The Practical Mac

Indispensable OS X Wares

A 'Best of the Practical Mac' Column

- 2002.04.09 - Tip Jar

Mac OS X is almost everything you could ask for in an OS. If "almost" is not good enough for you, here are ten programs that help make your OS X experience complete.

1. VueScan

One area well behind the curve in making the move to OS X is scanner drivers. VueScan fills the gap by providing connectivity for a host of different scanners.

2. PageSucker

PageSucker is a tool for off-line browsing. Put in a URL, tell the program how many levels deep to download, and away you go. PageSucker downloads complete Web pages or even entire sites in a format that allows it be copied to disk or CD and viewed later, after disconnecting from the Internet.

3. Palm Desktop

For owners of Palm PDA's, the wait is over. The Palm Desktop final release is finally here for OS X. Even if you don't own a Palm, you may find the Palm Desktop a fine Personal Information Manager in its own right.

4. Samba Sharing Package

Samba (included with OS X) allows you to share your files on a Windows network, but setup can be daunting. Samba Sharing Package simplifies setting up a basic Samba server.

5. BrickHouse

BrickHouse, which has been featured prominently in this column in the past, simplifies the configuration of the firewall which is built into OS X.

6. CookWare

This program includes over 700 built-in recipes. If you would like to add recipes to CookWare (and an unlimited number can be added), you can find recipes with one click by using the built-in Web resource helper. If you need to convert Serving Sizes or Ounces to Liters you can use the built-in conversion helper. You can also send a recipe to your friends via e-mail with just a couple clicks. CookWare automatically formats the recipe for e-mailing and remembers e-mail addresses and subjects.

7. Tea Timer

One's first impression of this program might be, "minimal." It is, as its name implies, a countdown timer. I have used this program for years, first in Windows and now on the Mac. I have come to rely on it when I have popped something in the microwave, am allowing tea to steep or preparing instant soup. I am often working in another room, away from the microwave or other appliance, and may not be able to hear bells or buzzers. With Tea Timer, I can always keep track of what's cooking.

8. VNC

VNC is a free remote-control program produced by AT&T labs in England. Similar in features to Timbuktu, VNC is completely cross-platform. Control a Mac from a PC, a Unix machine from a Be box, etc. The possibilities are endless, and the price is unbeatable.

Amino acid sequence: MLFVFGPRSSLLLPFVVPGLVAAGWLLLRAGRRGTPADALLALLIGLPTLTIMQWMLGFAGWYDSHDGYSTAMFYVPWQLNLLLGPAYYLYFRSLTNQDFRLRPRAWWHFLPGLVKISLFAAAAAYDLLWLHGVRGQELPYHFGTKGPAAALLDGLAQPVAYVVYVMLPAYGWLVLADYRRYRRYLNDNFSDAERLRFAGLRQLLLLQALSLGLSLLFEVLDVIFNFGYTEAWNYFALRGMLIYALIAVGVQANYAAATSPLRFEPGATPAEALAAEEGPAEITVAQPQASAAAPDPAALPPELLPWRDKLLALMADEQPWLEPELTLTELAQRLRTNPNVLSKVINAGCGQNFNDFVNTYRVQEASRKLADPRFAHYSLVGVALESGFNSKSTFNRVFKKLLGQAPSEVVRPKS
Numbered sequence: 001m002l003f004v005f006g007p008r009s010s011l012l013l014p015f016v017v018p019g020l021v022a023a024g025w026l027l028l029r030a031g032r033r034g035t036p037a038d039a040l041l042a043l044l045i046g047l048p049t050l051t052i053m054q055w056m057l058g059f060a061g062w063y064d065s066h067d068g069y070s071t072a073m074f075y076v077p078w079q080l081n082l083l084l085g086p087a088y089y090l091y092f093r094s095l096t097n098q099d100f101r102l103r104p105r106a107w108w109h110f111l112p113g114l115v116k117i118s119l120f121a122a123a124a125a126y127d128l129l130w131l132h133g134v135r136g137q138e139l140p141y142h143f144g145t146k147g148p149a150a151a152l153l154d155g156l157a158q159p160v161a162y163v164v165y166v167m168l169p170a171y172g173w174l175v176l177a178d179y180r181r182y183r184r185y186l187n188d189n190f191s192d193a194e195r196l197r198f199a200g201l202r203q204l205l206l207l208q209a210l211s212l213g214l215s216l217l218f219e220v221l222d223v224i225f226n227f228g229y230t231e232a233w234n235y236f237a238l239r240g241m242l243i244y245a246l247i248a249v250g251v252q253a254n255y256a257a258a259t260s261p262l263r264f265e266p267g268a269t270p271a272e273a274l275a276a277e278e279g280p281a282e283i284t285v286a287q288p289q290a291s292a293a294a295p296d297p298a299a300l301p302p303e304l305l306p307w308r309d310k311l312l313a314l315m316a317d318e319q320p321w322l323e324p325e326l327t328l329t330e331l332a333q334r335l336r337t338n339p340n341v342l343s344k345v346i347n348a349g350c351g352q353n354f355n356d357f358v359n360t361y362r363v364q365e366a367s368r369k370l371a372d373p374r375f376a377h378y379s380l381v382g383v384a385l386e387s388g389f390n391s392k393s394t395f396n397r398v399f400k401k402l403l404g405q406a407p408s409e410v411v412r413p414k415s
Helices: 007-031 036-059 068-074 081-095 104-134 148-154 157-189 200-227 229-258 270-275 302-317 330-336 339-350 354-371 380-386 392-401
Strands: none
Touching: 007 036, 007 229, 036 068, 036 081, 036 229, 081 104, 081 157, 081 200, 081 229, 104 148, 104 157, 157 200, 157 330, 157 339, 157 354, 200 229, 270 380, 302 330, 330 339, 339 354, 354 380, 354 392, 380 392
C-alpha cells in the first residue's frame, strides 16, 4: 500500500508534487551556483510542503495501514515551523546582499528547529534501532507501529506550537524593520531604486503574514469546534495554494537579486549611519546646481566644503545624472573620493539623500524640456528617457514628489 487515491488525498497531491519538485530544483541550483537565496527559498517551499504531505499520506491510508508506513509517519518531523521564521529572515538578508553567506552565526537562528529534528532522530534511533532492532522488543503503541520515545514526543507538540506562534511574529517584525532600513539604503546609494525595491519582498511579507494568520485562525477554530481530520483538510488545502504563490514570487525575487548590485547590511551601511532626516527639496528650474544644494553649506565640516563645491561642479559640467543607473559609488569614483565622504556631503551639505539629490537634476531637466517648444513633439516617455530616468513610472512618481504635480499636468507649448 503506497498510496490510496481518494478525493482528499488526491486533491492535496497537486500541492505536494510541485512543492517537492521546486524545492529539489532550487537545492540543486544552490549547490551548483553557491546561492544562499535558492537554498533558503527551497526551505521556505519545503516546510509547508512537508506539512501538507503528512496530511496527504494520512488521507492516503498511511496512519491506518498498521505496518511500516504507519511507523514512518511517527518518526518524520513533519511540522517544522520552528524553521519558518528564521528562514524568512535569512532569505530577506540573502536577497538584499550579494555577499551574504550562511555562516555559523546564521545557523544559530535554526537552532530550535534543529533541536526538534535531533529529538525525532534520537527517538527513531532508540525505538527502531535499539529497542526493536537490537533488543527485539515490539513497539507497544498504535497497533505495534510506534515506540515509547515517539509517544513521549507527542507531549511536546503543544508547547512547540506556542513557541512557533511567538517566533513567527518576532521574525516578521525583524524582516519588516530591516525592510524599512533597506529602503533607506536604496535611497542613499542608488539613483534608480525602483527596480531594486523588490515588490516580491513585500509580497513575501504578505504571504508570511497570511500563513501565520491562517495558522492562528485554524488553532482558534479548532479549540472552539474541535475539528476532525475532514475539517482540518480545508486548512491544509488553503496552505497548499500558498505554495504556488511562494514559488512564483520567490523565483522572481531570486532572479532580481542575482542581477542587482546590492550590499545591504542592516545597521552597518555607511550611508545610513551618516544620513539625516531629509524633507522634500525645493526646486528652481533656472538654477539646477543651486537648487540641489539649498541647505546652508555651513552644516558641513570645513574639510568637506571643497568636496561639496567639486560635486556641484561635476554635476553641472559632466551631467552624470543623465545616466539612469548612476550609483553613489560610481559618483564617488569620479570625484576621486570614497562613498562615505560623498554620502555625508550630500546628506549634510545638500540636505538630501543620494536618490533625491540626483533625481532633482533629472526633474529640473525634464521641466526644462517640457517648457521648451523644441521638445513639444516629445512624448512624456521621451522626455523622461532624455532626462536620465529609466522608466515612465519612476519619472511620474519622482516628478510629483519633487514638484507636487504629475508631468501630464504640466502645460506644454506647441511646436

9. InterMapper

InterMapper is a network monitoring and alerting program that monitors a network and the servers connected to it. It notifies the network manager when there are problems. InterMapper can test many different kinds of servers, as well as displaying traffic rates, WAN utilization, and other critical network information. InterMapper can send notifications using sounds, email, or pages - or by running scripts and programs. It also has a built-in Web server, so you can view the health of the network remotely using a standard browser. An indispensable tool for Network Administrators.

10. OmniGraffle

OmniGraffle helps you draw beautiful diagrams, family trees, flow charts, org charts, layouts, and (mathematically speaking) any other directed or non-directed graphs. From the makers of OmniWeb, the fine OS X web browser, this program could be called, "Visio lite comes to the Mac."

As I was compiling this list, I noticed how many of the programs were now downloadable directly from Apple's site. Upon further investigation, I discovered that this was the case with every one of them and changed all links (except VNC, which has separate client and manager programs) to point to the download link on Kudos to Apple for providing this valuable service to make the transition to OS X a little easier for everyone. LEM

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Steve Watkins is the Vice President for Information Technology for a mid-sized bank, an attorney, and an Army Reserve JAG on extended active duty. He has been a Mac user for about 12 years. He has owned some PCs along the way - but always came back to the Mac. If you find his articles helpful, please consider making a donation to his tip jar.

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